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Relationship Between Microstructure and Corrosion Behavior of Cr12Ni3Co12Mo4W Ultra-High-Strength Martensitic Stainless Steel

Research paper by Hui-;Yan Li, Chao-;Fang Dong; Kui Xiao; Xiao-;Gang Li; Ping Zhong

Indexed on: 15 Sep '16Published on: 07 Sep '16Published in: Acta Metallurgica Sinica (English Letters)



Abstract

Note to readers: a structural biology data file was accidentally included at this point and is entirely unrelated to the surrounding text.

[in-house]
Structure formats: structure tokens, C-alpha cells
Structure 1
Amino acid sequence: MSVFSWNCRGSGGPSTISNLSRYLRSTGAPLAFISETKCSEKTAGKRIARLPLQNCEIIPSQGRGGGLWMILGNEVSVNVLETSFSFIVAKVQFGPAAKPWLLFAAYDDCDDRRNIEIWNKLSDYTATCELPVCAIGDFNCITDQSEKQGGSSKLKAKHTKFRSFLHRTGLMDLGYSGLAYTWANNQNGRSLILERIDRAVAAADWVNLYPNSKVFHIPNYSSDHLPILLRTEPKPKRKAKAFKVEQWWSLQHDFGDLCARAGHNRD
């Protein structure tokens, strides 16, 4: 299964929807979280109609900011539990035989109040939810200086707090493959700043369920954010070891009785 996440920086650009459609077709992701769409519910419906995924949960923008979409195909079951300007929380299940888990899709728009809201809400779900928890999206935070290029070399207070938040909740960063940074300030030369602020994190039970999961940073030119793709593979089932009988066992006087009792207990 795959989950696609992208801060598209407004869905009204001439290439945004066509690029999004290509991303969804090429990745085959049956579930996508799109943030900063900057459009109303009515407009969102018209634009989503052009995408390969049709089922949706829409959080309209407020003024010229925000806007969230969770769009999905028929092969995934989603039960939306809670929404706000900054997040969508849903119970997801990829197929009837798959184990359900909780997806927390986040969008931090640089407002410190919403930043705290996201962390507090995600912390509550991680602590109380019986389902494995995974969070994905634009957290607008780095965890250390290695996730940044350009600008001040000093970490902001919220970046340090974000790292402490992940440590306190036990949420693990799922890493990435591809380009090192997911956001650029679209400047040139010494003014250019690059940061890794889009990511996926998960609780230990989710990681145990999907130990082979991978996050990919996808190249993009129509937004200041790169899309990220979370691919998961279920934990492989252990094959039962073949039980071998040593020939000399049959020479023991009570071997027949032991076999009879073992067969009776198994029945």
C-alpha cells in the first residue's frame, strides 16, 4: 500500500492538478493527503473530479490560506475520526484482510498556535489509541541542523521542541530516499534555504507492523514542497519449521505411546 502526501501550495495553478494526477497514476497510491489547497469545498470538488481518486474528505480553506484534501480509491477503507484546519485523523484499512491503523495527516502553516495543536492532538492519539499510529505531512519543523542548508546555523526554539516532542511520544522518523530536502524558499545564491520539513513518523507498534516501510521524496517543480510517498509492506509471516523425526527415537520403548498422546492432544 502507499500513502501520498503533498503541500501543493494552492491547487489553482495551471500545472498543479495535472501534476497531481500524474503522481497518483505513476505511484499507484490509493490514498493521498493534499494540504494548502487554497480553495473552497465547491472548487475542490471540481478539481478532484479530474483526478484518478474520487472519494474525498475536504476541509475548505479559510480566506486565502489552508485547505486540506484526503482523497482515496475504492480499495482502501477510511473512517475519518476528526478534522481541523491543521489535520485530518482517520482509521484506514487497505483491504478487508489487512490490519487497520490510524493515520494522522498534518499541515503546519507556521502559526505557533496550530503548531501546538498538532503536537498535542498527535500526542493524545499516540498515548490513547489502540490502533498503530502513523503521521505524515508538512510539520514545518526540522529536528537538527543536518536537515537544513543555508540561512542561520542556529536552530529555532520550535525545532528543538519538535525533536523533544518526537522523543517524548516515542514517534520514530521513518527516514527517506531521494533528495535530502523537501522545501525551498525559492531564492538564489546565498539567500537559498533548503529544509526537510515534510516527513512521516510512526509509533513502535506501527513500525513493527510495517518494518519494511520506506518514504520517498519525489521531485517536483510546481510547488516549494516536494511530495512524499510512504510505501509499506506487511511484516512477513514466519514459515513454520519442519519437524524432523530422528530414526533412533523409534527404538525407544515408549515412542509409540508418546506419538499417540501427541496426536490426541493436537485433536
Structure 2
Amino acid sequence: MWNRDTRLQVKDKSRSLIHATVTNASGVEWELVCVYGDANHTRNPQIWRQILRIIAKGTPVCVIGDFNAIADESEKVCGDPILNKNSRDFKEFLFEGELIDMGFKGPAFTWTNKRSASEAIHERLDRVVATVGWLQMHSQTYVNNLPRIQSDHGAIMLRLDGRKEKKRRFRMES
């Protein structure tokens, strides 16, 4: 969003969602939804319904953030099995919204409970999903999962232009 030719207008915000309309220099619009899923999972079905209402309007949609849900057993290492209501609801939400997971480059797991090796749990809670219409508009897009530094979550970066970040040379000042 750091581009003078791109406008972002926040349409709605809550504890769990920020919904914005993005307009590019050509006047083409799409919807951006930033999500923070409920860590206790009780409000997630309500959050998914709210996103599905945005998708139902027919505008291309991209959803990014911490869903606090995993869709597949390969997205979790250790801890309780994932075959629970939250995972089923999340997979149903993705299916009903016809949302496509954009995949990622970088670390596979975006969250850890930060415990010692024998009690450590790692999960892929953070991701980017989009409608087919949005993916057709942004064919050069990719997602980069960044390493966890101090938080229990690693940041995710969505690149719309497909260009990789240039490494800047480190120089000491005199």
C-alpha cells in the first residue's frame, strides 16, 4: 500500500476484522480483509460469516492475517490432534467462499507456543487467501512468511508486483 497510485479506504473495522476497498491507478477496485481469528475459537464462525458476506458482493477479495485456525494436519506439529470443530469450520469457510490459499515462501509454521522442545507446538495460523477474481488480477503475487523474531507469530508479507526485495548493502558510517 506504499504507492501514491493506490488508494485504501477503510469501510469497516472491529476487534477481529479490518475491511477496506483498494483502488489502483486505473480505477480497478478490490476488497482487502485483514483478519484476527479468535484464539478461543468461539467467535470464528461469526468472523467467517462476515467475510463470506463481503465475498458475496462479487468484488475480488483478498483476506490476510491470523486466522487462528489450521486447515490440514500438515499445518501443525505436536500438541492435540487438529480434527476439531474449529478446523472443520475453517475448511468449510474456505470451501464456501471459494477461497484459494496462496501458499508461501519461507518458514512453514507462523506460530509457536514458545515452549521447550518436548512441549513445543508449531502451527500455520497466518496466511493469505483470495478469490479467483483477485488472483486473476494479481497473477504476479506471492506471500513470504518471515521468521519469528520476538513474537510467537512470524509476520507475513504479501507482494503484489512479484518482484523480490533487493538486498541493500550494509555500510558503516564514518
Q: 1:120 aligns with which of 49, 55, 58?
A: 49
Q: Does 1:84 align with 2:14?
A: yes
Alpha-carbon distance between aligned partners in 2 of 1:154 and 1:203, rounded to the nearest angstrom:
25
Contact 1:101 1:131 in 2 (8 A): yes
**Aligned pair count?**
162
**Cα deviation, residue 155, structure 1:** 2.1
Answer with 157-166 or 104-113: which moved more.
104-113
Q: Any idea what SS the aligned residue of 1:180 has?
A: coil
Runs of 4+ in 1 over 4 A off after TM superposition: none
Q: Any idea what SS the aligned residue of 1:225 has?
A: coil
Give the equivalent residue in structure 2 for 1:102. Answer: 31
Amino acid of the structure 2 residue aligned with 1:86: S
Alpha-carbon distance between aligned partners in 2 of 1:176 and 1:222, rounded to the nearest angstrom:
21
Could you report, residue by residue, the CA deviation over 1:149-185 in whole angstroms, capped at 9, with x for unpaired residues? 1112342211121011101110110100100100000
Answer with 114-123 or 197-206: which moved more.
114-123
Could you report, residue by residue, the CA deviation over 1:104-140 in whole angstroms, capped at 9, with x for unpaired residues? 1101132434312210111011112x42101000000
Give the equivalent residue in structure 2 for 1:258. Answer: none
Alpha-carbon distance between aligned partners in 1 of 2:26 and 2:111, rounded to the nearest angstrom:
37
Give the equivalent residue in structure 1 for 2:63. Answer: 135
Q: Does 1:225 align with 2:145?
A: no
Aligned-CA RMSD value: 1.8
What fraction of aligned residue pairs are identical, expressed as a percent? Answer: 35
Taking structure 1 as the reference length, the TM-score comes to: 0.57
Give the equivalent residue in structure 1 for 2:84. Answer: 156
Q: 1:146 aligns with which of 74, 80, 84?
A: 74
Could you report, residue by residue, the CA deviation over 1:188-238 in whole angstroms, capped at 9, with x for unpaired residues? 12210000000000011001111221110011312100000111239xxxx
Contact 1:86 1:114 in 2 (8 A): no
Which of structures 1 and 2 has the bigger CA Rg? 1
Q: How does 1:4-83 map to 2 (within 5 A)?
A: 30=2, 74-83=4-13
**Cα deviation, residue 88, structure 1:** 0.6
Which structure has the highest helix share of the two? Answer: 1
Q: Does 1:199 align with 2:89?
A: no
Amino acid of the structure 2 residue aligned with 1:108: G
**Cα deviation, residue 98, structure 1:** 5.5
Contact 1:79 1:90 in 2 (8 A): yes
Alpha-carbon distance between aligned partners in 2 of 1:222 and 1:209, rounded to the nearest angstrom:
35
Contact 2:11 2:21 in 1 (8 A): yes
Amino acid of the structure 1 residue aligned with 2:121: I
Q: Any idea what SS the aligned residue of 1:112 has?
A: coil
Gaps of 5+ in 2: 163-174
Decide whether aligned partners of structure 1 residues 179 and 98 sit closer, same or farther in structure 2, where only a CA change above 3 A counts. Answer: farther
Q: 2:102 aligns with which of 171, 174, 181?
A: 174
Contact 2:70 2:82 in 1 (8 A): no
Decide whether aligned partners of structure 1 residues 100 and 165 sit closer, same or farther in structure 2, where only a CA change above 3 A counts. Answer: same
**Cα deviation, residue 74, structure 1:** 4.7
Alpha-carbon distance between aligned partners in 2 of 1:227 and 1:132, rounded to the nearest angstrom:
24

Abstract The effect of tempering temperature on the microstructure and corrosion behavior of Cr12Ni3Co12Mo4W ultra-high-strength martensitic stainless steel was investigated using transmission electron microscopy, atomic force microscopy, X-ray diffraction, and electrochemical tests. The microstructures of the ultra-high-strength martensitic stainless steel consisted of some retained austenite and lath/plant martensite with the carbides distributed within the matrix and at the grain boundaries. Tempering of the steel for 4 h at various temperatures resulted in various carbide grain sizes and different amounts of the retained austenite. The results showed that larger carbide grains led to diminished corrosion resistance, whereas larger amounts of the retained austenite resulted in improved corrosion resistance. The steels exhibited good corrosion resistance in 0.017 mol/L NaCl solution and exhibited pitting corrosion in 0.17 mol/L NaCl solution. The martensite and prior austenite crystal boundaries dissolved in solution with pH 1.AbstractThe effect of tempering temperature on the microstructure and corrosion behavior of Cr12Ni3Co12Mo4W ultra-high-strength martensitic stainless steel was investigated using transmission electron microscopy, atomic force microscopy, X-ray diffraction, and electrochemical tests. The microstructures of the ultra-high-strength martensitic stainless steel consisted of some retained austenite and lath/plant martensite with the carbides distributed within the matrix and at the grain boundaries. Tempering of the steel for 4 h at various temperatures resulted in various carbide grain sizes and different amounts of the retained austenite. The results showed that larger carbide grains led to diminished corrosion resistance, whereas larger amounts of the retained austenite resulted in improved corrosion resistance. The steels exhibited good corrosion resistance in 0.017 mol/L NaCl solution and exhibited pitting corrosion in 0.17 mol/L NaCl solution. The martensite and prior austenite crystal boundaries dissolved in solution with pH 1.